Thursday, October 18, 2012

Gram swaraj not for dalits

 Prof.  Lella Karunyakara

If Hindu village is a symbol of Gram Swaraj, it is a Gram Swaraj of caste Hindus, by caste Hindus and for caste Hindus. Gram Swaraj empowers Caste Hindus to rule over the Dalits. It is a kind of 
colonialism of  the caste Hindus designed to exploit the Dalits.

Gram Swaraj means self-rule of village. It is independence to village. It is a social, economic and political freedom to village. It is an empowerment of village. It is a self-rule for self-sufficient village. The ideal meaning of Gram Swaraj is that recognizing the village as an autonomous administrative unit with its own legislature, executive and judiciary. Each village forming a little state in itself is Gram Swaraj. Is this the meaning of village republic (Gram Swaraj) or more than what meets to the eye? Whose Gram Swaraj it is?  Who stays in the village? Do Dalits stay in the village?. What kind of village actually exists in India? Does it have the culture of social democracy? From the point of view of the Dalits, these are pertinent questions. To find answers, first let us examine typical village system existing in our country as analyzed by Dr.B.R.Ambedkar.
The village in India is not a single social unit. It consists of castes. However, the population in the village is broadly divided into two sections- (i). caste Hindu(savarna) and (ii) Dalits(avarna). The Caste Hindus are Brahmin, Kshatriya, Vaishya and Shudra(including OBC). OBC Shudras are economically and educationally backward in comparison to so called Upper caste Hindus. OBCs are the part of village system as they are not socially excluded. They don't have social stigma of untouchability. They are socially acceptable in the village culture. Where as Dalits and Adivasi are not parts of village system. Adivasi stay in hills and forests. Since they live far away from villages, they don't have any impact of Hindu village culture.  Adivasi developed their own village system and culture entirely different from Hindu village system.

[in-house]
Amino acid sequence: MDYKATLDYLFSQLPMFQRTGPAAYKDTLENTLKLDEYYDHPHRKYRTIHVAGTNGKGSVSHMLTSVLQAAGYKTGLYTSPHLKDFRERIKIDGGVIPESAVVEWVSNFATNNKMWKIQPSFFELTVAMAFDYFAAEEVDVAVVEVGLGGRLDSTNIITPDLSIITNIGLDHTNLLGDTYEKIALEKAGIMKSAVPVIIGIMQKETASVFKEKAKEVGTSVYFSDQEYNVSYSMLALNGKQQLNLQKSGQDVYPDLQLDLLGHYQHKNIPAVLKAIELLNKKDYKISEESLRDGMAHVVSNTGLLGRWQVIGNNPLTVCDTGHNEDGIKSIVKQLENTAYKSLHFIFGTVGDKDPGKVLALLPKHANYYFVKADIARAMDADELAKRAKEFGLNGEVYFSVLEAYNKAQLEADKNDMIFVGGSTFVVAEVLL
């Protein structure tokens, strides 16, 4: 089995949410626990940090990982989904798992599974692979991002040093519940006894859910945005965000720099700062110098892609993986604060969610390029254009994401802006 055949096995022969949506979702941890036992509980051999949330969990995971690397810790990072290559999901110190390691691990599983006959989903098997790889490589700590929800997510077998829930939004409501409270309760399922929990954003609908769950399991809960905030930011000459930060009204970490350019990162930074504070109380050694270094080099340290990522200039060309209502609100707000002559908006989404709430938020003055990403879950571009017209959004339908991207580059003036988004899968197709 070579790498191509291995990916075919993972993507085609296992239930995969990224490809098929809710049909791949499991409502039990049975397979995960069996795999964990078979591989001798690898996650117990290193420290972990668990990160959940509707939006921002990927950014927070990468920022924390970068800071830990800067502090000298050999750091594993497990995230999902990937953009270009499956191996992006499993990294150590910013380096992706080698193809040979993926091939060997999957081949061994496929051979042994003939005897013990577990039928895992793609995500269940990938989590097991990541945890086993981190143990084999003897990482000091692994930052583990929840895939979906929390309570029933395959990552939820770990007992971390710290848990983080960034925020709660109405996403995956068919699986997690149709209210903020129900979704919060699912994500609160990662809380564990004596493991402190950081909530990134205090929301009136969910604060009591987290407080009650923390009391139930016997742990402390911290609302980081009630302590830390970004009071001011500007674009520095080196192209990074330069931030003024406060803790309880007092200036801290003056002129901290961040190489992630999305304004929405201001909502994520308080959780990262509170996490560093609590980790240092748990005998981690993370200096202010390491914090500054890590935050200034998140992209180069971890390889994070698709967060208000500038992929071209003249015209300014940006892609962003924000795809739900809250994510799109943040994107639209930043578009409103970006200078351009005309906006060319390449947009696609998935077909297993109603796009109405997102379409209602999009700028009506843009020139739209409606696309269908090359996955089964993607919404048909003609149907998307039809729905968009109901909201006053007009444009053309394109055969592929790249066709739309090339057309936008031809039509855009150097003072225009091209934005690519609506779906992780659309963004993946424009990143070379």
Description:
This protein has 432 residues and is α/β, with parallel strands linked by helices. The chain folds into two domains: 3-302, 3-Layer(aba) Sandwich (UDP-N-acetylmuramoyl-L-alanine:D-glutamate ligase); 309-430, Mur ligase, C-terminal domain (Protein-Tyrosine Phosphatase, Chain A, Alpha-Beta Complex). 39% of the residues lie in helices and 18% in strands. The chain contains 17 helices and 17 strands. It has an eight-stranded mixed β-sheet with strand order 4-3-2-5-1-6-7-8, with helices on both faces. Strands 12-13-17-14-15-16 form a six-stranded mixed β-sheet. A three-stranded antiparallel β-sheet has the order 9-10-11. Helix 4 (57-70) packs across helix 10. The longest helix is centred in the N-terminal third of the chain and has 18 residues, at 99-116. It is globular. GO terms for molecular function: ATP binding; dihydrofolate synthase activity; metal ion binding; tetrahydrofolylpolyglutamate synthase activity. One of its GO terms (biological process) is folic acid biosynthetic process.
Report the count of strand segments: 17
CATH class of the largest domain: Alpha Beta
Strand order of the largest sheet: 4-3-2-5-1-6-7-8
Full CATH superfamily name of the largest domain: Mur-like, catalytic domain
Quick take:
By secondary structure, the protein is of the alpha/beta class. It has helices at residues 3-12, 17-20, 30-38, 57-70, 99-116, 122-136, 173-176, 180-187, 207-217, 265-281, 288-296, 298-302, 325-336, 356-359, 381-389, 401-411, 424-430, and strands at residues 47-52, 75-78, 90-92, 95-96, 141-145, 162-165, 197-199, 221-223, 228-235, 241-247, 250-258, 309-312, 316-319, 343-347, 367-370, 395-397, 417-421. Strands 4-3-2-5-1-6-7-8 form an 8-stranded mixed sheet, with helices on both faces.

In the village system, the Caste Hindus (including OBC) are touchables and the Dalits are untouchables. Caste Hindus form the major community and the Dalits a minority community. Dalits are social minorities in village system.  The Caste Hindus live inside the village and the Dalits live outside the village in separate quarters. Economically, the Caste Hindus form a strong and powerful community, while the Dalits are a poor and a dependent community. Socially, the Caste Hindus occupy the position of a ruling race, while the Dalits occupy the position of a subject race of hereditary bondsmen.